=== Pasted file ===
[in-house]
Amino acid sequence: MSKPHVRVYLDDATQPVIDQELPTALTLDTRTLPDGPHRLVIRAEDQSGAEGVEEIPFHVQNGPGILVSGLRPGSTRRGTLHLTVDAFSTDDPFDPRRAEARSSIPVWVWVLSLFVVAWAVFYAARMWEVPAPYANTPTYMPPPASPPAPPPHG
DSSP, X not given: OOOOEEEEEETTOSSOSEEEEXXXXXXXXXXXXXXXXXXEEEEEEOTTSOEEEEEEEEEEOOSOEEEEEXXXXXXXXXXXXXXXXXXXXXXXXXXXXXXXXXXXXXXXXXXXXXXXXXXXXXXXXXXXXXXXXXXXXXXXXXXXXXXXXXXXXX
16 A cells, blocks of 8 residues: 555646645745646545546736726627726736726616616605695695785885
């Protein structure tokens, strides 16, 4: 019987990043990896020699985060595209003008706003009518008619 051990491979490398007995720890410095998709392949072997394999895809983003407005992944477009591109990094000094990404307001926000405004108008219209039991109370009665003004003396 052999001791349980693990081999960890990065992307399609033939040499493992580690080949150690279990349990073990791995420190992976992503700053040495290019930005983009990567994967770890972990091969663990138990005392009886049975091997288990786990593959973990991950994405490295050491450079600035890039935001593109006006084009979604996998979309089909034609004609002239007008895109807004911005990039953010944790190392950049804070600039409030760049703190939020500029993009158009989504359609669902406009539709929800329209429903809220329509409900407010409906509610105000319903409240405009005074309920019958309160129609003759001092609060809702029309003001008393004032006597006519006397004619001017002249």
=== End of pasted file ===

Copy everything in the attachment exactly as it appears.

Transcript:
[in-house]
Amino acid sequence: MSKPHVRVYLDDATQPVIDQELPTALTLDTRTLPDGPHRLVIRAEDQSGAEGVEEIPFHVQNGPGILVSGLRPGSTRRGTLHLTVDAFSTDDPFDPRRAEARSSIPVWVWVLSLFVVAWAVFYAARMWEVPAPYANTPTYMPPPASPPAPPPHG
DSSP, X not given: OOOOEEEEEETTOSSOSEEEEXXXXXXXXXXXXXXXXXXEEEEEEOTTSOEEEEEEEEEEOOSOEEEEEXXXXXXXXXXXXXXXXXXXXXXXXXXXXXXXXXXXXXXXXXXXXXXXXXXXXXXXXXXXXXXXXXXXXXXXXXXXXXXXXXXXXX
16 A cells, blocks of 8 residues: 555646645745646545546736726627726736726616616605695695785885
């Protein structure tokens, strides 16, 4: 019987990043990896020699985060595209003008706003009518008619 051990491979490398007995720890410095998709392949072997394999895809983003407005992944477009591109990094000094990404307001926000405004108008219209039991109370009665003004003396 052999001791349980693990081999960890990065992307399609033939040499493992580690080949150690279990349990073990791995420190992976992503700053040495290019930005983009990567994967770890972990091969663990138990005392009886049975091997288990786990593959973990991950994405490295050491450079600035890039935001593109006006084009979604996998979309089909034609004609002239007008895109807004911005990039953010944790190392950049804070600039409030760049703190939020500029993009158009989504359609669902406009539709929800329209429903809220329509409900407010409906509610105000319903409240405009005074309920019958309160129609003759001092609060809702029309003001008393004032006597006519006397004619001017002249």